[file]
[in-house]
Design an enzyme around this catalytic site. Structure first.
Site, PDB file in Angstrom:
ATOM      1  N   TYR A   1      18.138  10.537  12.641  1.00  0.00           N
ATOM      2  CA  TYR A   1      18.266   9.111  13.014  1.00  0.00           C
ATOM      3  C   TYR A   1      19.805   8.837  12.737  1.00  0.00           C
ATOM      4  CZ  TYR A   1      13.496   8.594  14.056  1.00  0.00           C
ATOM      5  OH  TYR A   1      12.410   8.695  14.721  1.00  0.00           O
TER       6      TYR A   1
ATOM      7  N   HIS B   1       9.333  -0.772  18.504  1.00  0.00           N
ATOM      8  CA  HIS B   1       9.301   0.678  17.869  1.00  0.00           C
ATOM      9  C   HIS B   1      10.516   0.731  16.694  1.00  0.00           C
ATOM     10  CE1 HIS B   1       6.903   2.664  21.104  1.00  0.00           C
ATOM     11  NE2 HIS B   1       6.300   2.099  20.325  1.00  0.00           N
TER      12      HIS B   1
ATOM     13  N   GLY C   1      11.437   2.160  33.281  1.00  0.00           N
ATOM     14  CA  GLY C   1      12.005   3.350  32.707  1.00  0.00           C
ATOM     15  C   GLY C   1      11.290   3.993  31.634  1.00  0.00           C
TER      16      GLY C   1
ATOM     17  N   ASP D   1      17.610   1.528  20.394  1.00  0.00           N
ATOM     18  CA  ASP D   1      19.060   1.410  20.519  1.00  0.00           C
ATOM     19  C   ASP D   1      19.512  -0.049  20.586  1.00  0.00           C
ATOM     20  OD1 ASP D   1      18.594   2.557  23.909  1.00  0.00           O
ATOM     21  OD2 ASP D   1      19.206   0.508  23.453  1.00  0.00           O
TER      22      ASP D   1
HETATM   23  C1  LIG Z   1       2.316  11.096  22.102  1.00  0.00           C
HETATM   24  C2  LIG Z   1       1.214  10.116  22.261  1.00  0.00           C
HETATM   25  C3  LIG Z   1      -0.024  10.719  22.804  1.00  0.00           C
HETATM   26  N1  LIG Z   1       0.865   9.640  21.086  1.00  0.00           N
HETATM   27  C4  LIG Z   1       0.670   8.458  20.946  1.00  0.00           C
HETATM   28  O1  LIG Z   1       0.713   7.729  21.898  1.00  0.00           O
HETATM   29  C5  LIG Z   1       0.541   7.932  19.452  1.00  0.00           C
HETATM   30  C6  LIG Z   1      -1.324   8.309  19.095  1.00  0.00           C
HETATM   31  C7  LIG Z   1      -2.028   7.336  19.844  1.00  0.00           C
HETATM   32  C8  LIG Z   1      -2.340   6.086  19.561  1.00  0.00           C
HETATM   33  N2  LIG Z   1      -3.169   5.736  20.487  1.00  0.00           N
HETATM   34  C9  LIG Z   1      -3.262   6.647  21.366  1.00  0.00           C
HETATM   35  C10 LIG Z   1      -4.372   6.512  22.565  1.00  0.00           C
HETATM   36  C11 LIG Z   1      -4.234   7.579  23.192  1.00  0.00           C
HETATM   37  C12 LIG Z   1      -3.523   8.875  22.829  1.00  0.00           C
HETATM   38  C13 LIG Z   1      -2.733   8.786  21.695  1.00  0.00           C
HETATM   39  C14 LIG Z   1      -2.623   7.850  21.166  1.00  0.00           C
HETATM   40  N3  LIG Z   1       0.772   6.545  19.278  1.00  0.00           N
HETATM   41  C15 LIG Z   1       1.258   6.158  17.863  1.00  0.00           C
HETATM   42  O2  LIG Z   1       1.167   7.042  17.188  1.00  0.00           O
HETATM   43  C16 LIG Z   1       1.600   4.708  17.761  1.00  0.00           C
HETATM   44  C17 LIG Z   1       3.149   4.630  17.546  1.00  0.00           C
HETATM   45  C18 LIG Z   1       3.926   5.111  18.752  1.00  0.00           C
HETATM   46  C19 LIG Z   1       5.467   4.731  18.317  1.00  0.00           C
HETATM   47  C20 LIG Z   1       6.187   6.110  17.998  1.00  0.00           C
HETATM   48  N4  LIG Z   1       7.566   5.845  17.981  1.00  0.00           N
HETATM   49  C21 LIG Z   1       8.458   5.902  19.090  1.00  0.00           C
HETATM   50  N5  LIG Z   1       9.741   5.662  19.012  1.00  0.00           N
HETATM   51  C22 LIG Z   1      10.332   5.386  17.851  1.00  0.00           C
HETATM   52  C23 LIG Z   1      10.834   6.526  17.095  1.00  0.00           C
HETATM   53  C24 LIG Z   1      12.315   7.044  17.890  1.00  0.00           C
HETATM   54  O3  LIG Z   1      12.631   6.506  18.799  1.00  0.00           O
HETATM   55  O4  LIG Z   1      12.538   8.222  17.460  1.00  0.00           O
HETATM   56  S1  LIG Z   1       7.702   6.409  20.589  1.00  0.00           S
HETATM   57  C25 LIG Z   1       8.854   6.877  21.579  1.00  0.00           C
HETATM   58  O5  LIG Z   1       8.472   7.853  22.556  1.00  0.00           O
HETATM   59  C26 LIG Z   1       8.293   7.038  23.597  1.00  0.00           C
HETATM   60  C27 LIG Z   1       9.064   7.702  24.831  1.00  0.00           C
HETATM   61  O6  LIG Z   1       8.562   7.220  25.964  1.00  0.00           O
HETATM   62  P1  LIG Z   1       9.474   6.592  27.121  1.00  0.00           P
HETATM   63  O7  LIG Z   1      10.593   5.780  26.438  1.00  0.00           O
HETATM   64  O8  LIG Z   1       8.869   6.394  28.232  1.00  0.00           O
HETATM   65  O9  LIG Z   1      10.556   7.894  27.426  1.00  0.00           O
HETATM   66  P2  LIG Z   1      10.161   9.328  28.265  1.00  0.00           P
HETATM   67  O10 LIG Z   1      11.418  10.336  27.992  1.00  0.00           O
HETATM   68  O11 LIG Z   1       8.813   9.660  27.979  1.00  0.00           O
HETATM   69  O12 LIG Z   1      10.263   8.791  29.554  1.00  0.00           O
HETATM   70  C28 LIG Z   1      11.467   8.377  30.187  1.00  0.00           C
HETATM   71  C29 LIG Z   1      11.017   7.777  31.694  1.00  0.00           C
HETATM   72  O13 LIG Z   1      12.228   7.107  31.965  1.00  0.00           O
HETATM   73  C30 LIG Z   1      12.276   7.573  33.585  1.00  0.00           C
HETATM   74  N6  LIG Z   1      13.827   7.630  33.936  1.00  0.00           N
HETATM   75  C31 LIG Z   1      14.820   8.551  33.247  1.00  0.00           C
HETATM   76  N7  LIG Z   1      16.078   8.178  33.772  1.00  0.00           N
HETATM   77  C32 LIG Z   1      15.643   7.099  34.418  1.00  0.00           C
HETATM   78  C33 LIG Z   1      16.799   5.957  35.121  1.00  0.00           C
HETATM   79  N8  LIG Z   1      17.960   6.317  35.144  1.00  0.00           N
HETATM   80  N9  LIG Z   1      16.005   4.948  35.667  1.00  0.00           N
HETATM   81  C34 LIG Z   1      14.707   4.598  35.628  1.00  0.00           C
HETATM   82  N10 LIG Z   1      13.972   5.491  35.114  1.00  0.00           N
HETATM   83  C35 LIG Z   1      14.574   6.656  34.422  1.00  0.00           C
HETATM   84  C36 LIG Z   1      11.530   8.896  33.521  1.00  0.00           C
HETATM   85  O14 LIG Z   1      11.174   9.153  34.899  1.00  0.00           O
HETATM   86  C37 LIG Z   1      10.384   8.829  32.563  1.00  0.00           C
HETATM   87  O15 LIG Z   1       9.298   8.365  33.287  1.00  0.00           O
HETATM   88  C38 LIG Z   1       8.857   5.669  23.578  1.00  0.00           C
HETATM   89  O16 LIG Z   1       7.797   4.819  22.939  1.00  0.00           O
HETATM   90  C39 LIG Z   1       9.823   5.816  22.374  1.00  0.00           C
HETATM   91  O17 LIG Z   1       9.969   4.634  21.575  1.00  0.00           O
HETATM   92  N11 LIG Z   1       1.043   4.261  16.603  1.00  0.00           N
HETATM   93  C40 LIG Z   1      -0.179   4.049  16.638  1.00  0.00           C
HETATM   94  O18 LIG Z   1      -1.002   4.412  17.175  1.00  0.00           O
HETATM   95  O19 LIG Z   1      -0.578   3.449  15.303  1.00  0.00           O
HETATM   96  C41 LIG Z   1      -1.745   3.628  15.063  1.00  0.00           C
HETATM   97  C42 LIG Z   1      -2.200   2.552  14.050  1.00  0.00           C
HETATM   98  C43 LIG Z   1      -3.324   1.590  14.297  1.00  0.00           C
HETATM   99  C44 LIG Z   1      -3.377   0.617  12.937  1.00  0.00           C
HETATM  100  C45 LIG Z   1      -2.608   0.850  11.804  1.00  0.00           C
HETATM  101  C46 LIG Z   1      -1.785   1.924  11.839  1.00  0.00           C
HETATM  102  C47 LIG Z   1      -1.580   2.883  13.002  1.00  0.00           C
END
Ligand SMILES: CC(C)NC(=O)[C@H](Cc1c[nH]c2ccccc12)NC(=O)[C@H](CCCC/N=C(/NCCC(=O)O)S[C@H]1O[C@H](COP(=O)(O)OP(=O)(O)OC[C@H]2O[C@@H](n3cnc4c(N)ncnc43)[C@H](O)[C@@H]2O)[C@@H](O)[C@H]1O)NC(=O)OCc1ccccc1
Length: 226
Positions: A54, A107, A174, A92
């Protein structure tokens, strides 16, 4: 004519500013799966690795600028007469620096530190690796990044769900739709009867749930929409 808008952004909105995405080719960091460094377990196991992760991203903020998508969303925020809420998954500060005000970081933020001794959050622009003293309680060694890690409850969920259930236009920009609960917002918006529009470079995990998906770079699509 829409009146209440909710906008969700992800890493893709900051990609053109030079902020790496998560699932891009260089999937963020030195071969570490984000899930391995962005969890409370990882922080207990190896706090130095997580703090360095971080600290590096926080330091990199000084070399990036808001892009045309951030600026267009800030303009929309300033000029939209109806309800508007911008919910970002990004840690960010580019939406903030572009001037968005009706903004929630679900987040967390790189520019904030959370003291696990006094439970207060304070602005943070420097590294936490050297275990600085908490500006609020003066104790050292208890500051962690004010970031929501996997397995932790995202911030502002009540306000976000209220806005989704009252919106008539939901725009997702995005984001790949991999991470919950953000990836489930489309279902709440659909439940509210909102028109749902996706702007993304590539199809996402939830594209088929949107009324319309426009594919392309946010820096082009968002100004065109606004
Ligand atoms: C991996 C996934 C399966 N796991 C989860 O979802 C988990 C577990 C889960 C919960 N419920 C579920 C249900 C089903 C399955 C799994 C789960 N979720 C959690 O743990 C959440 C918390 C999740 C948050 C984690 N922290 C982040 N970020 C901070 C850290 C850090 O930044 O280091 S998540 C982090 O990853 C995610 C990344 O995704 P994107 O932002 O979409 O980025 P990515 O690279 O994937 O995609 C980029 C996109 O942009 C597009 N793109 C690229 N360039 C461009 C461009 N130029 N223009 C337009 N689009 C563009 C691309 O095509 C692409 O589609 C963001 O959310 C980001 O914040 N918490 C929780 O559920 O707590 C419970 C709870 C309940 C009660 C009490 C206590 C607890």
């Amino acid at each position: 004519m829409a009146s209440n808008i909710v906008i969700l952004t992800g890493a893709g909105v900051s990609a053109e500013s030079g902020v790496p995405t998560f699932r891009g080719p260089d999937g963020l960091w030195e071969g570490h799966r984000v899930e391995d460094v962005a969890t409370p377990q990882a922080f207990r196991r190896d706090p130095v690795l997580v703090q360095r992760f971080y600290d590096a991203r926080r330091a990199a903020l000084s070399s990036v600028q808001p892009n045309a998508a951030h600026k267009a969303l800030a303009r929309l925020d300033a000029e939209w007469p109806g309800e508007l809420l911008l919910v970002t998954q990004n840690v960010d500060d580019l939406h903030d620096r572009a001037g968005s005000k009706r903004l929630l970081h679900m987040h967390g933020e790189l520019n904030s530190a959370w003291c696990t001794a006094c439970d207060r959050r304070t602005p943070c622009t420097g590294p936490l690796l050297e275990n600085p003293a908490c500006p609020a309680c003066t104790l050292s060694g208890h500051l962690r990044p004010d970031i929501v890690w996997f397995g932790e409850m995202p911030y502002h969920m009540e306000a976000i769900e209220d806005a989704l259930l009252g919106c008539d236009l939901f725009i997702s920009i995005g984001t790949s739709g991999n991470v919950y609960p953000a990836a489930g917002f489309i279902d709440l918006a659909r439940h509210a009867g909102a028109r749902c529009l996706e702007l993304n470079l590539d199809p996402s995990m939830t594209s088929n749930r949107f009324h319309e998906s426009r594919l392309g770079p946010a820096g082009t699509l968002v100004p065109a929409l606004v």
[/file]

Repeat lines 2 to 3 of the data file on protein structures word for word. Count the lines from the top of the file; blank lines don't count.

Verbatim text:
Design an enzyme around this catalytic site. Structure first.
Site, PDB file in Angstrom: